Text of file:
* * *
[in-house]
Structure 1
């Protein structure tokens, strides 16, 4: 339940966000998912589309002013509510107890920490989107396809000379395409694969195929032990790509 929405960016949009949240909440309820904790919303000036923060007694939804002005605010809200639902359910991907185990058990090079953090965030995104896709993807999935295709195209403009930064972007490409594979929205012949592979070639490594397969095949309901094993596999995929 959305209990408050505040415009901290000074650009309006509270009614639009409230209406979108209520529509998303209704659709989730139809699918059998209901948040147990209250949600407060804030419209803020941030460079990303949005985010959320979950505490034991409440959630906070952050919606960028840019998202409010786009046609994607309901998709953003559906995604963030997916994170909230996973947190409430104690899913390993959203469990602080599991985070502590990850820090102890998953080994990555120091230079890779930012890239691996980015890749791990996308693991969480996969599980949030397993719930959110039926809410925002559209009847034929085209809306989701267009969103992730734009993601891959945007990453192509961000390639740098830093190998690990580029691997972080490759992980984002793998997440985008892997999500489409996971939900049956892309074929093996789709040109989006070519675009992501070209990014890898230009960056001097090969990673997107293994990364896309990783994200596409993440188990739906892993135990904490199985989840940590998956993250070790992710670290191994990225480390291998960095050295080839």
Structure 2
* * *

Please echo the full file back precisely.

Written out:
[in-house]
Structure 1
């Protein structure tokens, strides 16, 4: 339940966000998912589309002013509510107890920490989107396809000379395409694969195929032990790509 929405960016949009949240909440309820904790919303000036923060007694939804002005605010809200639902359910991907185990058990090079953090965030995104896709993807999935295709195209403009930064972007490409594979929205012949592979070639490594397969095949309901094993596999995929 959305209990408050505040415009901290000074650009309006509270009614639009409230209406979108209520529509998303209704659709989730139809699918059998209901948040147990209250949600407060804030419209803020941030460079990303949005985010959320979950505490034991409440959630906070952050919606960028840019998202409010786009046609994607309901998709953003559906995604963030997916994170909230996973947190409430104690899913390993959203469990602080599991985070502590990850820090102890998953080994990555120091230079890779930012890239691996980015890749791990996308693991969480996969599980949030397993719930959110039926809410925002559209009847034929085209809306989701267009969103992730734009993601891959945007990453192509961000390639740098830093190998690990580029691997972080490759992980984002793998997440985008892997999500489409996971939900049956892309074929093996789709040109989006070519675009992501070209990014890898230009960056001097090969990673997107293994990364896309990783994200596409993440188990739906892993135990904490199985989840940590998956993250070790992710670290191994990225480390291998960095050295080839």
Structure 2